On one side of the family, we came here in about 1908, as a group of fairly ordinary farm workers left the NSW South Coast, in search of better conditions. On the other side of my family, we came here in about 1930, due to my grandfather’s post-war job as a linesman with the Post Master General (PMG).

“There’s a bit of snobbishness about Lismore”, my friend Paul said, as we spoke over brunch on Saturday.

He and I have known since we were twelve years old. He grew up on a farm, and went away for a while, including a number of years living in Japan. He came back to Lismore when his father became ill, and has been here ever since. He and his partner have goats and cattle, and make cheese under the “Nimbin Valley” brand.

“I want to go somewhere with sunshine”, I said to Paul, as talked about where we might have brunch, finally settling on the cafe at the Regional Gallery.

There is, by the way, a terrific Max Dupain retrospective at the gallery right now.
There is also an exhibition of works by Akio Suzuki. This piece reminded us of our old school mate, Colin Black. Colin is a musician who specialised in “experimental works”. As we walked around the gallery, we sent him a “hello, though of you” message. http://colin-black.weebly.com/ As someone who has worked in radio, I found this work slightly annoying. “I just want to tune all the radios properly”, I said to Paul.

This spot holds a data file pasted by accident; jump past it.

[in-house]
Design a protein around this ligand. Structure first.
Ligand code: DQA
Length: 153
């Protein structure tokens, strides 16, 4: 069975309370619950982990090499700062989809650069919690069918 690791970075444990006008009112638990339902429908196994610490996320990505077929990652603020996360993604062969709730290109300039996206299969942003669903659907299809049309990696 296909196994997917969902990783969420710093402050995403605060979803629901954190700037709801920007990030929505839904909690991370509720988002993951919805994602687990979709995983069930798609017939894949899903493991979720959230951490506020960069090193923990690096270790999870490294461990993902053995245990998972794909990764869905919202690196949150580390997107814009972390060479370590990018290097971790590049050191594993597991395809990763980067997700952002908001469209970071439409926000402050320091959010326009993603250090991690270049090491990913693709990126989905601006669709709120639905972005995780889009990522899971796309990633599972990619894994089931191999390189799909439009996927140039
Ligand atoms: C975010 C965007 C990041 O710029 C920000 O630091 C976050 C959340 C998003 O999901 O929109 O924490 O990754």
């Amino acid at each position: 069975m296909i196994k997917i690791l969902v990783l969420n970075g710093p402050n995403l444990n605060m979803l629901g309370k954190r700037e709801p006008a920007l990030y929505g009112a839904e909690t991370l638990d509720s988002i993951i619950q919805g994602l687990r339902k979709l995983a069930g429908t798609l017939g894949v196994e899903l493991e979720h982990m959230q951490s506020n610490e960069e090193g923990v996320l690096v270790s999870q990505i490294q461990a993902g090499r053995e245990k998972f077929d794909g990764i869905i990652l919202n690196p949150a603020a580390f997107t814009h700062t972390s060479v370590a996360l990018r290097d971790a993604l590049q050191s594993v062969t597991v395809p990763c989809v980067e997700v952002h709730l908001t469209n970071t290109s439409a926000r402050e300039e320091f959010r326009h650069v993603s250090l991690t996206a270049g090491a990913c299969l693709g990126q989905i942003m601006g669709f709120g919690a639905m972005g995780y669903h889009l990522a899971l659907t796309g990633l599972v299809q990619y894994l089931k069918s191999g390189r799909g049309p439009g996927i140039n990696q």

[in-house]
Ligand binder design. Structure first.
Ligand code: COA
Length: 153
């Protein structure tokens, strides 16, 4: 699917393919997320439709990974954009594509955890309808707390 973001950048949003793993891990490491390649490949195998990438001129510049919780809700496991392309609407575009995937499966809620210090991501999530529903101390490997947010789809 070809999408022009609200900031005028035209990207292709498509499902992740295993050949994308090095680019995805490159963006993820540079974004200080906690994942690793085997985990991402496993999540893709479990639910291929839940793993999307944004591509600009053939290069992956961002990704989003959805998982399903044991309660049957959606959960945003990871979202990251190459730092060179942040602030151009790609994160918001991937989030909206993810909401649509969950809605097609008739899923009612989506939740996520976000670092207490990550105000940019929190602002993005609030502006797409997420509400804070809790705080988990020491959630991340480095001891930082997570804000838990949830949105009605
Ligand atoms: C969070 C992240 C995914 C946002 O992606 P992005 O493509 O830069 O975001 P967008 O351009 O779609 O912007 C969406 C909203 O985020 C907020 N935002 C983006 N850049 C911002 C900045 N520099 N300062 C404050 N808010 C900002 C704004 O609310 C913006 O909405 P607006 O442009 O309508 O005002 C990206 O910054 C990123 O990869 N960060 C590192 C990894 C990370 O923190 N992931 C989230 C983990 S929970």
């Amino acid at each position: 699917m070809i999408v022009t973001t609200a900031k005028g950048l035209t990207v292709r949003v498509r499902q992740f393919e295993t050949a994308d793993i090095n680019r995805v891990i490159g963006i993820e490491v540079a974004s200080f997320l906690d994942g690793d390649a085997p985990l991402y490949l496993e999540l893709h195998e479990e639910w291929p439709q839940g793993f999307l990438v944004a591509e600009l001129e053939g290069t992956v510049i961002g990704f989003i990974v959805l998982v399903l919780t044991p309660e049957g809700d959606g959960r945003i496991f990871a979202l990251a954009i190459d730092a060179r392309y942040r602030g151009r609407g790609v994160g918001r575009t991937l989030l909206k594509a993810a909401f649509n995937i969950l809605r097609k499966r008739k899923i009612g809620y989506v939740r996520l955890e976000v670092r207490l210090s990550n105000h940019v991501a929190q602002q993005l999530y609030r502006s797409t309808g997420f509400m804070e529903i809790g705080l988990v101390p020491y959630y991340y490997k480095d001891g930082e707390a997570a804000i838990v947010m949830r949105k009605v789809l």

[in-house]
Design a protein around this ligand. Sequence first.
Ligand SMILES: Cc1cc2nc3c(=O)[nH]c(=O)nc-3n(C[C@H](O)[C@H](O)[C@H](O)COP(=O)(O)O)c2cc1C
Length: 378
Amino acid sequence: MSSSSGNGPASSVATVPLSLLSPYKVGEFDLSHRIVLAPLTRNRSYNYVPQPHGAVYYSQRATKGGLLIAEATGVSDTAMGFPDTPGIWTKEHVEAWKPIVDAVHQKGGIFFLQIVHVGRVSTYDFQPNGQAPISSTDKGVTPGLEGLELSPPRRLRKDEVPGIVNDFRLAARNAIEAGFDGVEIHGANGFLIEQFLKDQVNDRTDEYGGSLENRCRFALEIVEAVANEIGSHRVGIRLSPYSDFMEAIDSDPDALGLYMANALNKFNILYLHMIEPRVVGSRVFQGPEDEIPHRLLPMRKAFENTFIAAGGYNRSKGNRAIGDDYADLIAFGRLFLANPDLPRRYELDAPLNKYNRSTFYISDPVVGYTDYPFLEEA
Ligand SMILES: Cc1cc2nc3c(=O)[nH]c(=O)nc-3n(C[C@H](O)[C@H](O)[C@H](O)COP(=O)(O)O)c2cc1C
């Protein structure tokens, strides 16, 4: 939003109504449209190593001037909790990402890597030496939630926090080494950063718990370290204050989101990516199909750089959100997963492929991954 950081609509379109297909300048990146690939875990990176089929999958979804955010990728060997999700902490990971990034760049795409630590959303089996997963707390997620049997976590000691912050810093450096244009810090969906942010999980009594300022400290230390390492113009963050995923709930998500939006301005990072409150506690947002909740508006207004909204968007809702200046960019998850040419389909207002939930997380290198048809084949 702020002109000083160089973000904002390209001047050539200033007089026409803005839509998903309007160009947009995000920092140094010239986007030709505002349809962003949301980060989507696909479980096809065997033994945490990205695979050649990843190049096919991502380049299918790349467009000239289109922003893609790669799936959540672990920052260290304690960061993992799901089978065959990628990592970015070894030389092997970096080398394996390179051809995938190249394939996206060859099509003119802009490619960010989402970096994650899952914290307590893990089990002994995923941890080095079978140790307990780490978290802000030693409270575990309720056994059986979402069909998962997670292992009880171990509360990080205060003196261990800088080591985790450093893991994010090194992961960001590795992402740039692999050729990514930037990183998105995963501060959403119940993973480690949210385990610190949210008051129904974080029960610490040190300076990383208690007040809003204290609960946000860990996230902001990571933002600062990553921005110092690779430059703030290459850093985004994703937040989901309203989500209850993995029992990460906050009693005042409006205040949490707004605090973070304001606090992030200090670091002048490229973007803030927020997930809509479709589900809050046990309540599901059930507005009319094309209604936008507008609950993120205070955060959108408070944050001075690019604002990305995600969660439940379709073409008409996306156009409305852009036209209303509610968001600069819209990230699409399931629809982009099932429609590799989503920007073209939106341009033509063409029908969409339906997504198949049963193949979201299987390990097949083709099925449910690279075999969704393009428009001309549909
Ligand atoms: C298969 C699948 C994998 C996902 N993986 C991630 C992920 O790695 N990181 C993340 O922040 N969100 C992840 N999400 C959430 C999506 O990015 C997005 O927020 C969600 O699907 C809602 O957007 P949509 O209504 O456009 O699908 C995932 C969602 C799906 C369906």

As Paul and I talked about my plans to return to Lismore, he had some good advice. “You’ve either got to have 1/4 acre or 100 acres. Anything in between and you’ll spend all your time mowing the grass”, he said. He also said, “So long as you’re on the right side of the levy bank, you should be fine”.

Looking down on the Levy Bank from the Doiuble Bridges.

There’s no real reason why I couldn’t move back now. I worked from the Lismore office of the ABC on Friday, and will continue “working from home” for the next week.

Yiu might have read, this week, about a major relocation of ABC staff from inner-city Ultimo to Parramatta in Western Sydney. With apologies to Parramatta, I’ve decided to “Go North” instead of “Go West”. Home visiting the family, and staying here a bit longer than I had initially planned. So I headed in to ABC North Coast to do a few things I couldn’t do working from home
This weekend’s Editors Choice comes to you from Regional Australia!! Sunday’s episode includes one interview recorded under the doona – sound protection – in the front bedroom of Pat and Jack’s house in South Lismore. Amazingly, you CAN’T hear the rumble of heavy traffic going by.

Even so, I still really like living in Sydney, though it’s true to say my passion for Sydney no longer runs as deep as it once did. I’m also in a position with my career where it makes good sense to stay in Sydney a bit longer. But with each passing visit, the desire to return is getting stronger. I’ve spent a fair bit of the week looking at the photographs in the windows of real estate agents. And it was lovely, yesterday, to drive around with Paul and look at different parts of Lismore where I might live.

The view from the Claude Riley Lookout